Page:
This article is the fifth (and final) in a 5-day series about teaching beginners how to program. Read the introduction.
Guess what? There's even more to learn if you want to round out your knowledge of web technologies more fully. The one major topic that's missing from this list is server-side programming. You'll recall we touched on the idea of client-server interaction when we covered CouchDB (which is a database and an HTTP server). So, you should have some understanding of HTTP headers, requests and responses, etc. Today, we'll build on this knowledge by creating our own web servers and server applications, using Node.js. We'll also conclude our curriculum with a look at some of the directions students can go from here.
We're introducing learners to a few genuinely new concepts and tools today: the command line, modules, and programming without a graphic interface. It might be necessary to pause and get our bearings, before pushing on with the rest of this unit. We'll return to our mantra of quick results soon enough.
You may have some familiarity with the command-line already, having used CouchApp to send design documents to a CouchDB server. However, this is still a newish concept that requires some explanation. Since we'll be dealing with the command-line a lot with Node, it's important that we feel comfortable in it. Once you have Node installed, have learners type the following into the command line: node -e "console.log(1 + 1)"
You can obtain these modules, and thousands more, using a command-line tool called Node Package Manager (npm). This should be installed right after Node itself. Students must become familiar with finding and installing modules, and including them in their applications. As a simple exercise to confirm they can do this, choose a module that has a unique capability and have students write a simple application that uses it. You could have them send emails using node mailer, fetch their Facebook profile info using facebook-graph, or retrieve data from a CouchDB database using nano, cradle or couch-client. If they can successfully write a script to leverage a node module, then we're ready to rock and roll.
Now that we're familiar with the new tools, resources and workflows required to write programs in Node, let's look at how we can use it to build a web application. Learners will need to understand that Node is not a server, and so they'll need to build an application that bundles a server with it. To illustrate this point, demonstrate the famous, simple Hello world! server application.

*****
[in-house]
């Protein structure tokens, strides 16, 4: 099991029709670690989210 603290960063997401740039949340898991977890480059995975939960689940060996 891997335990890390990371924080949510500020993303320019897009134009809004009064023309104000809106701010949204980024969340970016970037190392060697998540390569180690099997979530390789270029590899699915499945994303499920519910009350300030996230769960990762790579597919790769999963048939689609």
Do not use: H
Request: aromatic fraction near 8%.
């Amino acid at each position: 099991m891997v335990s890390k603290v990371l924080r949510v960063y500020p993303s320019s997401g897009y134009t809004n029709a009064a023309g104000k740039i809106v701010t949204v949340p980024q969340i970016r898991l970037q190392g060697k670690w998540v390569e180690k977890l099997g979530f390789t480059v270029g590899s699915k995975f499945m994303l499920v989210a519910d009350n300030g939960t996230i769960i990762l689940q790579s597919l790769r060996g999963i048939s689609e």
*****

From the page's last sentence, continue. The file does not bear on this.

Based on everything we've learned to date (which is a lot), students ought to be able to understand everything that's going on in that example, and even recognize that we're setting HTTP header information like status codes and content-types manually. Now, we can pick up the pace.
As I've stressed again and again throughout the past 5 days, getting meaningful results quickly is more important than understanding how. This is why I recommended using Bootstrap instead of learning HTML and CSS from scratch. It's also why I recommended using the Ember framework for building complex web applications. These tools act as scaffolds to support learners and help them achieve more than they could on their own. As learners grow more confident and experienced, this scaffolding slowly falls away as they learn to support themselves.
As educators, our job is to provide guidance and support to learners when they need it, and pull back when they don't. We do this by sequencing instruction, choosing appropriate tools, prescribing meaningful challenges and tasks, and filling in the blanks when necessary. This is why we slowed down to explain the basics of Node.
Now it's time to speed up again!
Just like we leaned on Bootstrap and Ember so students could do more faster, we're going to use a server-side web application framework called Express to blaze ahead with this unit of study.
Undoubtedly, we'll need to familiarize ourselves with this framework just as we did with Ember yesterday. A simple challenge to focus students would be to get them to create a simple, 3-page application, just like they did with Ember. This will give them an opportunity to try out the URL routing, templates and views in Express. These all ought to be familiar concepts from Ember.
An intermediate challenge might be to create an application that reads data from a database and displays it on screen, optionally with the ability to edit and save items back to the database. This will require learners to set up both GET and POST URL routes, and define dynamic URL routes just like they did with Ember. It also requires them to rope in a database client and get their application to perform a set of actions before sending a response.